Christine first discovered science fiction during the fun time of chicken pox in her youth. Instead of some aspirin, soup, or, say, a doctor, her mother brought her Book #3 of Isaac Asimov’s Foundation series. It left Christine scratching, head-aching and confused about the events of the previous two books. It also left her hooked and determined to read more.
Fantasy followed soon after, with Ursula LeGuin’s Earthsea and Tolkien’s Lord of the Rings. Christine will always have the utmost respect for the hero who translated LotR to Greek, and did a great job too.
Once computers became an everyday household item (yes, she’s that old), Christine got her hands on one. She tortured the poor keyboard and confused her word processor with her first attempts, until she decided to try to do with words what she did during her childhood with her Barbie dolls and action figures. Namely, torturing her characters, sending them through fire and ice on great adventures until they finally met heroic deaths. Or got eaten by cats. Pretty much the same fate, really.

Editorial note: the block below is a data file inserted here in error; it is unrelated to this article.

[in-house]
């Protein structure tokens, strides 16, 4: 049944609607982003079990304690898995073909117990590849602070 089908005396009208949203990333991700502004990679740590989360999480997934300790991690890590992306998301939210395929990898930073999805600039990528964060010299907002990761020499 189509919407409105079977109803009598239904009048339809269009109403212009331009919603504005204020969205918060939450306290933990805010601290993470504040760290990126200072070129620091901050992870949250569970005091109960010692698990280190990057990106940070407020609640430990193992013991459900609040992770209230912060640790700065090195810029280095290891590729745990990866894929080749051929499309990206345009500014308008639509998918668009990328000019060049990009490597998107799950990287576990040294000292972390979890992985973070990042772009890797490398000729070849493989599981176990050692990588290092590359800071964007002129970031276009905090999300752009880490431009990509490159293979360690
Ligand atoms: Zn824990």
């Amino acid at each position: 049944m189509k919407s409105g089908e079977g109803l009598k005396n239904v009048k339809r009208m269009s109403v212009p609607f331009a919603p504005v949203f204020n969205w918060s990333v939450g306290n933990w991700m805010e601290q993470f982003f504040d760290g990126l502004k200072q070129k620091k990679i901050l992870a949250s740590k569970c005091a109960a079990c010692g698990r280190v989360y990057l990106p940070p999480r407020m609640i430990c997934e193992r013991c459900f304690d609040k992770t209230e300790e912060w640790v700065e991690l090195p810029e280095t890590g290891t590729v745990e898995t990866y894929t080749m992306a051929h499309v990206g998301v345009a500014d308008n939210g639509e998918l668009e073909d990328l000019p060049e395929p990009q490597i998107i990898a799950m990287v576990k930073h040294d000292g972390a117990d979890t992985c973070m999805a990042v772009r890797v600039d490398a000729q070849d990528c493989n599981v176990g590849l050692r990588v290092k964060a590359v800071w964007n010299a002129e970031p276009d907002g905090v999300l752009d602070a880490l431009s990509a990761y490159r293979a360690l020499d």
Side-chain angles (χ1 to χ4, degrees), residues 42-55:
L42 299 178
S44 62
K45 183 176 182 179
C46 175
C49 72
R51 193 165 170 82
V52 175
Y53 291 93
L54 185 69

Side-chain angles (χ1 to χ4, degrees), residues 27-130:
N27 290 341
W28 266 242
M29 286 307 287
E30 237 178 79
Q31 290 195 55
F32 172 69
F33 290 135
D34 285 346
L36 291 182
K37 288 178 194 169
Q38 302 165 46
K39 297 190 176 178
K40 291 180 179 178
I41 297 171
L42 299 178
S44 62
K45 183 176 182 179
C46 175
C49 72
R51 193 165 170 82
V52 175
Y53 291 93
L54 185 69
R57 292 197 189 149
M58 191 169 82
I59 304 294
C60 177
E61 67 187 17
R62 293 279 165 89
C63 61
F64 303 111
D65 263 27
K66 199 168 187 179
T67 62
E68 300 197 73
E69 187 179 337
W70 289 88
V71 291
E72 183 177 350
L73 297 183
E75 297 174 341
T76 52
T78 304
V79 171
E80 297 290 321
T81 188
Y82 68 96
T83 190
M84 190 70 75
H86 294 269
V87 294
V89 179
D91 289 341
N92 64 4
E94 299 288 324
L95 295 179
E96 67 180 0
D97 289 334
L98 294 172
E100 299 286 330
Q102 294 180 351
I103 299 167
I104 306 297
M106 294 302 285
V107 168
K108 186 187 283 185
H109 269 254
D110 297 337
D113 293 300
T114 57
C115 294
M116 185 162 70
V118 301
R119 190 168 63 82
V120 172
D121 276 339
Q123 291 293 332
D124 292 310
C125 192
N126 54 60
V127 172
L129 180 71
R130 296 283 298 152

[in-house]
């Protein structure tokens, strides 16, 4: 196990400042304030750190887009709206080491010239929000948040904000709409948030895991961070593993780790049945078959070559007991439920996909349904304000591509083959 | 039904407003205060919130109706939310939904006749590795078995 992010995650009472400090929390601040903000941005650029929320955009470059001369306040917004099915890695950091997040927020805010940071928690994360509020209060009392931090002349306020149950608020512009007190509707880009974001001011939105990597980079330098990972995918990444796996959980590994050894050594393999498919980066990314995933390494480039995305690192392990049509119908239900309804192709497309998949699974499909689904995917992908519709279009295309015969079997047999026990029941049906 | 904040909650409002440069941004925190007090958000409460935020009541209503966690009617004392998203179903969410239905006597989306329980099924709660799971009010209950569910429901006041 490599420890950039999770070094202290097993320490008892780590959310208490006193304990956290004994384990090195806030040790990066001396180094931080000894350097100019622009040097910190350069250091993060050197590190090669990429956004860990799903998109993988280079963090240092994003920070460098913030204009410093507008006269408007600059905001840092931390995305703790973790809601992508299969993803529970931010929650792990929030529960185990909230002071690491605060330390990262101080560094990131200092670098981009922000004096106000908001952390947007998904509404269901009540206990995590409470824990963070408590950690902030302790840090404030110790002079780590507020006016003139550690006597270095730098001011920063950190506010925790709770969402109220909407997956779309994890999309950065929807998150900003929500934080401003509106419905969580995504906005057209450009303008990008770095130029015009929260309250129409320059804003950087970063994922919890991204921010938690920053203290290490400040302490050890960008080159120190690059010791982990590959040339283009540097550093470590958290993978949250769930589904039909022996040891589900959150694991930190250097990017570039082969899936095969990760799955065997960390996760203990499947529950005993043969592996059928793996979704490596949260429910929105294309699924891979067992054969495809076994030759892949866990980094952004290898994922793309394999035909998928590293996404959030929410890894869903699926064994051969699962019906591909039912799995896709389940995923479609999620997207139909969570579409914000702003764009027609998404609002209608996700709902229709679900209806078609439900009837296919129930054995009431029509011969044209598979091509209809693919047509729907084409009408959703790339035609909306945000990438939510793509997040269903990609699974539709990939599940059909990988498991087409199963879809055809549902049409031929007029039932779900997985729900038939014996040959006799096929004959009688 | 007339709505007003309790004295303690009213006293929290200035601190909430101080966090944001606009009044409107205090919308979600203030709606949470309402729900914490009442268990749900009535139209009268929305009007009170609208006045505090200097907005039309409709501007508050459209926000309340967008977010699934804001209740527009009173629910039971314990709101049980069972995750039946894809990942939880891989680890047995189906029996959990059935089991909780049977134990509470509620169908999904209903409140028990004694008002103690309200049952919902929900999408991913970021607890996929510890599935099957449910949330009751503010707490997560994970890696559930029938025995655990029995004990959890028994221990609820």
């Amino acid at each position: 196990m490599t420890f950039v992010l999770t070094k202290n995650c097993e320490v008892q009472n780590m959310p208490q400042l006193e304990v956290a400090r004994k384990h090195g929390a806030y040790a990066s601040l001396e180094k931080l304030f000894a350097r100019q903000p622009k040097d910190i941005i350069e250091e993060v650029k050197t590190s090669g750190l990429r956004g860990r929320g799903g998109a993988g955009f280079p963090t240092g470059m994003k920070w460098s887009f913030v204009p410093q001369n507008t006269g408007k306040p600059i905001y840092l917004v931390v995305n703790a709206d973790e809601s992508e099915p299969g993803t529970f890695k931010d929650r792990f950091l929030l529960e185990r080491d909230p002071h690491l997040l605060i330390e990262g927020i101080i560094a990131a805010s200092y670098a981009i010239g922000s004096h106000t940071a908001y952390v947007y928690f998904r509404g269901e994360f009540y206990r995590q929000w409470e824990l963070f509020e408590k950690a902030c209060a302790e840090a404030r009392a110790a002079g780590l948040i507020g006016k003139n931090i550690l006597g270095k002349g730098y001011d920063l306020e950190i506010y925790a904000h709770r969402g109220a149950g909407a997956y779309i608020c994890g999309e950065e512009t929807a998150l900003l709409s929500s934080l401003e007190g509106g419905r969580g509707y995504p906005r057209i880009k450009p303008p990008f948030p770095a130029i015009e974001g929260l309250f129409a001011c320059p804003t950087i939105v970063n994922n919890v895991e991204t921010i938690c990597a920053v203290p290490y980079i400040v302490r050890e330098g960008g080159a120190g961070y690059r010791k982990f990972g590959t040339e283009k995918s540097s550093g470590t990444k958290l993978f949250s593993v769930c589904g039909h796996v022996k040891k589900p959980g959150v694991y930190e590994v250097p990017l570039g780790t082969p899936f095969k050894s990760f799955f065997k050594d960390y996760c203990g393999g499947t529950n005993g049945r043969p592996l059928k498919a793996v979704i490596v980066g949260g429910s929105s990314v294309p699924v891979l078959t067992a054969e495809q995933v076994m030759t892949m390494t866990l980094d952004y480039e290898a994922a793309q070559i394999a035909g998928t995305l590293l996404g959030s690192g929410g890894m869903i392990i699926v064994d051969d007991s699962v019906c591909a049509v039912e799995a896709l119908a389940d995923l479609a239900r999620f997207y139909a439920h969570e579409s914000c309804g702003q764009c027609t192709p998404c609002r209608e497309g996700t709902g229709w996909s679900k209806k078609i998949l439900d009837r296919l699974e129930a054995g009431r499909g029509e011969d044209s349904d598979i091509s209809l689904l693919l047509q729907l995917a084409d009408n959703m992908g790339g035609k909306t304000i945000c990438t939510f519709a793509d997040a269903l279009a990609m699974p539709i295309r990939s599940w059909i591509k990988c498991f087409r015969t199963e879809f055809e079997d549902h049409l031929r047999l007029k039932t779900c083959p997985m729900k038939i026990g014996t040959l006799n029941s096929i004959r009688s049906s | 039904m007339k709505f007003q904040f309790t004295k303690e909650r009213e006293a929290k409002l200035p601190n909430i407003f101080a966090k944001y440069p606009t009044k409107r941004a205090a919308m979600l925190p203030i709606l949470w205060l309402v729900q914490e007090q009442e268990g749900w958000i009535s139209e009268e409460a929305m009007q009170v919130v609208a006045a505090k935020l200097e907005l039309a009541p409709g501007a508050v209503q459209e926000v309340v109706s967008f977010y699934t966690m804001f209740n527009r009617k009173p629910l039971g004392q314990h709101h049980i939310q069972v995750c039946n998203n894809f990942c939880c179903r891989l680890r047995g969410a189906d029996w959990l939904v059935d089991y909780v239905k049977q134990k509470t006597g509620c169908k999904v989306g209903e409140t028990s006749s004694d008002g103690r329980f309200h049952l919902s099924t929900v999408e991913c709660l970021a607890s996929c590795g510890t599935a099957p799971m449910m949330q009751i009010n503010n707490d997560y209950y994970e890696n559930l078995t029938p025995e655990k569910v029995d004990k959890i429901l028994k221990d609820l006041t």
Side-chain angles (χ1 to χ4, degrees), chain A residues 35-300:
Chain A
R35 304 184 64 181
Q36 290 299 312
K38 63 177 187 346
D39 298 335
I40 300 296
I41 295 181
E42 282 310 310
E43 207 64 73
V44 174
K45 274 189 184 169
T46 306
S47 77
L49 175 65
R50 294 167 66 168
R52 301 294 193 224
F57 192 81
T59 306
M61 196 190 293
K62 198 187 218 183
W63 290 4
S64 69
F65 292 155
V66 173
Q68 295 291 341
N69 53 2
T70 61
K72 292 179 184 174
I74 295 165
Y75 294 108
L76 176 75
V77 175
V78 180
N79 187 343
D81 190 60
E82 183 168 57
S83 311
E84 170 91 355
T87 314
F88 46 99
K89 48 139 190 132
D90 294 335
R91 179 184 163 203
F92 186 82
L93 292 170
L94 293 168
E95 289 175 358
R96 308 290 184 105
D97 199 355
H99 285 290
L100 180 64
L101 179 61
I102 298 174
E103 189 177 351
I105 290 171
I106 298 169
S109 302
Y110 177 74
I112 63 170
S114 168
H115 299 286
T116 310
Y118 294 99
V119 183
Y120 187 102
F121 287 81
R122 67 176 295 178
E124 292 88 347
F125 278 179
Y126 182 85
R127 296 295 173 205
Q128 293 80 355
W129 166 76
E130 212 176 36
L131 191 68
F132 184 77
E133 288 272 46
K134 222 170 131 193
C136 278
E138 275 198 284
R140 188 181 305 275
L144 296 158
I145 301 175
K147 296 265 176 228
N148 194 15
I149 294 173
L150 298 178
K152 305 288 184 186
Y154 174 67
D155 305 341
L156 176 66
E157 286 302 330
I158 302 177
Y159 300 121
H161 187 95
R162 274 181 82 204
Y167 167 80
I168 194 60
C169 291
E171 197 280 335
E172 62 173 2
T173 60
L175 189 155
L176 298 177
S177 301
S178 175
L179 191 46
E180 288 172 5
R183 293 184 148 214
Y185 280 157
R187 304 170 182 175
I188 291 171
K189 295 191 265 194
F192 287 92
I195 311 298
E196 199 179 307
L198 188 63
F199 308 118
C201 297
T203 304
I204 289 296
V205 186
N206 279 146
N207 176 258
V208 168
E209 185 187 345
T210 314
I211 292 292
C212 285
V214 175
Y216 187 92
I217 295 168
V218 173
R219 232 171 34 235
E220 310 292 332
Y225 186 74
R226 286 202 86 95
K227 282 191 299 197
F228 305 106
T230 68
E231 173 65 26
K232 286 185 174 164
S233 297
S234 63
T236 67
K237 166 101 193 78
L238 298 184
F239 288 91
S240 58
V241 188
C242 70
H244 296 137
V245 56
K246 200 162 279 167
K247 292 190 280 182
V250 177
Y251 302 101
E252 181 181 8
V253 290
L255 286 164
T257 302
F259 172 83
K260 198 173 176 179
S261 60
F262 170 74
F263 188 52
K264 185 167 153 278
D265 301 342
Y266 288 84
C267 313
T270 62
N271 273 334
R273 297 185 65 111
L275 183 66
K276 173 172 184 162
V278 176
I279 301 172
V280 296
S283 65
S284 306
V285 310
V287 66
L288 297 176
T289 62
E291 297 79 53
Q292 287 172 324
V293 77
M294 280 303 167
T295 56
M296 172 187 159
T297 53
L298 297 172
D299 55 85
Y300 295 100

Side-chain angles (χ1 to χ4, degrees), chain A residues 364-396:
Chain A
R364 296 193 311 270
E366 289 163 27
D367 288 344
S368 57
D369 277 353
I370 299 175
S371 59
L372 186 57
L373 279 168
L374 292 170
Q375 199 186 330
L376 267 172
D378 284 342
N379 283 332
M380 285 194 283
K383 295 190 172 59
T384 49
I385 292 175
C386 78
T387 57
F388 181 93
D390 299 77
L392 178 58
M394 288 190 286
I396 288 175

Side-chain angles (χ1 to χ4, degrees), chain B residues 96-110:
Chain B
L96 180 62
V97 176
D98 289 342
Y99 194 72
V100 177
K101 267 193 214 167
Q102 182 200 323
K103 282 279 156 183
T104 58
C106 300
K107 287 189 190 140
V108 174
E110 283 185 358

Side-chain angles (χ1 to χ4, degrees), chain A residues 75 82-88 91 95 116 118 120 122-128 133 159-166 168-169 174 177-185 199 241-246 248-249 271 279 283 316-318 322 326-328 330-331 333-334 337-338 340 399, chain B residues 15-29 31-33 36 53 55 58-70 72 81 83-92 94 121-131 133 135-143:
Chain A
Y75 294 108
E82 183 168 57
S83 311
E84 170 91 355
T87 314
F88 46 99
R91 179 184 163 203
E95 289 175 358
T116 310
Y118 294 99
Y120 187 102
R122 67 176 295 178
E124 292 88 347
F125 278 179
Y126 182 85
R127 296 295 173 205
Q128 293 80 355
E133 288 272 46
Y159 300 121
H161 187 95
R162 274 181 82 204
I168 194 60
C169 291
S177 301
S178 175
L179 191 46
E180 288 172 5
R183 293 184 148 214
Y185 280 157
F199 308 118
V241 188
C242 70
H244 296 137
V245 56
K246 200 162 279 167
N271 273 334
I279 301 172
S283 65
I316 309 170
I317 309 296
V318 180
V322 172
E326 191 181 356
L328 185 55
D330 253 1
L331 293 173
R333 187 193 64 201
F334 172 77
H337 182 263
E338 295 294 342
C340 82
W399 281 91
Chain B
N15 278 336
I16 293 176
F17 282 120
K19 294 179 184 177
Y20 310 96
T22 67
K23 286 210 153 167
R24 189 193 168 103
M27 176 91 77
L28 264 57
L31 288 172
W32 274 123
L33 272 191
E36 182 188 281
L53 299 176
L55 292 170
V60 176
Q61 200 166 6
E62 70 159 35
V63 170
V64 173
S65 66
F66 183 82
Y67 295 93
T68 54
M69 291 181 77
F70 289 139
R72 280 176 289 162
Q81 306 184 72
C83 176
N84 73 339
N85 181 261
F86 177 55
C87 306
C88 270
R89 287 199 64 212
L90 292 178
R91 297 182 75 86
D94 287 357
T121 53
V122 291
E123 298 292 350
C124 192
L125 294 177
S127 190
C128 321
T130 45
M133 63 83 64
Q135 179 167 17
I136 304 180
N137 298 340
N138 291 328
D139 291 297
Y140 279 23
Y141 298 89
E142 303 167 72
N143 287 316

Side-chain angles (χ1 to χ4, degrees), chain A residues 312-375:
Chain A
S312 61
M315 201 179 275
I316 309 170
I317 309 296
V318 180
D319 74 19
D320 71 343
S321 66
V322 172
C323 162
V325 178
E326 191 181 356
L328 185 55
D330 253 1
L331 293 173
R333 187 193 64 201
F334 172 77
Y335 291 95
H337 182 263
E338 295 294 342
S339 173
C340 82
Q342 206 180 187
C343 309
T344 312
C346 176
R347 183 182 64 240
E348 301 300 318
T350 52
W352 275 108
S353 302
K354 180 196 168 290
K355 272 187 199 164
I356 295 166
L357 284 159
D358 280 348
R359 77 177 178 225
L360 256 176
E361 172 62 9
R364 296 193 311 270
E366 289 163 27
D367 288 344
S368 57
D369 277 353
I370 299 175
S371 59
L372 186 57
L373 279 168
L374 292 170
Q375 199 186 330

After hours of one-finger typing (she still types this way) she started writing short stories that actually made sense. It took her a couple of years (and gave many poor editors headaches) but her work appeared in several magazines. A couple of anthologies too. More details here.
She’s currently working on her first novel, “The Geometry of Time,” a murder mystery set in ancient Egypt, including science fiction and paranormal elements. It actually makes sense, And it has cats, too.
Back in 2001, little Lugh was sick. That white fluffball, who has never hissed once in his nine years, spent most of his kittenhood being sick. Christine tried antibiotics, cortisone, herbs, and Lugh was just getting sicker. Then she stumbled upon homeopathy through a mailing list. With considerable skepticism, after reading everything she could on the subject, she gave Lugh a homeopathic remedy. An eight-month long illness went away within a few hours.
Still not convinced, and armed with a veterinary book on homeopathy and beginner’s luck, she tried it on herself. Her hormonal imbalance of the past fifteen years went away within a month. So she decided to learn more.
In February 2009, Christine graduated from the Hippocratic School of Classical Homeopathy in Athens, and is currently in the process of setting up her practice. Homeopathy has granted her a deeper insight into people, their decisions and motives, and a greater understanding of the world.
Hopefully this will also reflect on her writing.
The Clan McTrouble: inspiration, Muse (Mews), chewers of telephone cords and Christine’s anchor to a world that gets too ugly, too often.
And then what?
If there’s indeed a benevolent Higher Power out there, Christine knows what her afterlife will be like: paws and purrs and trembling tails. Litterboxes to scoop, too.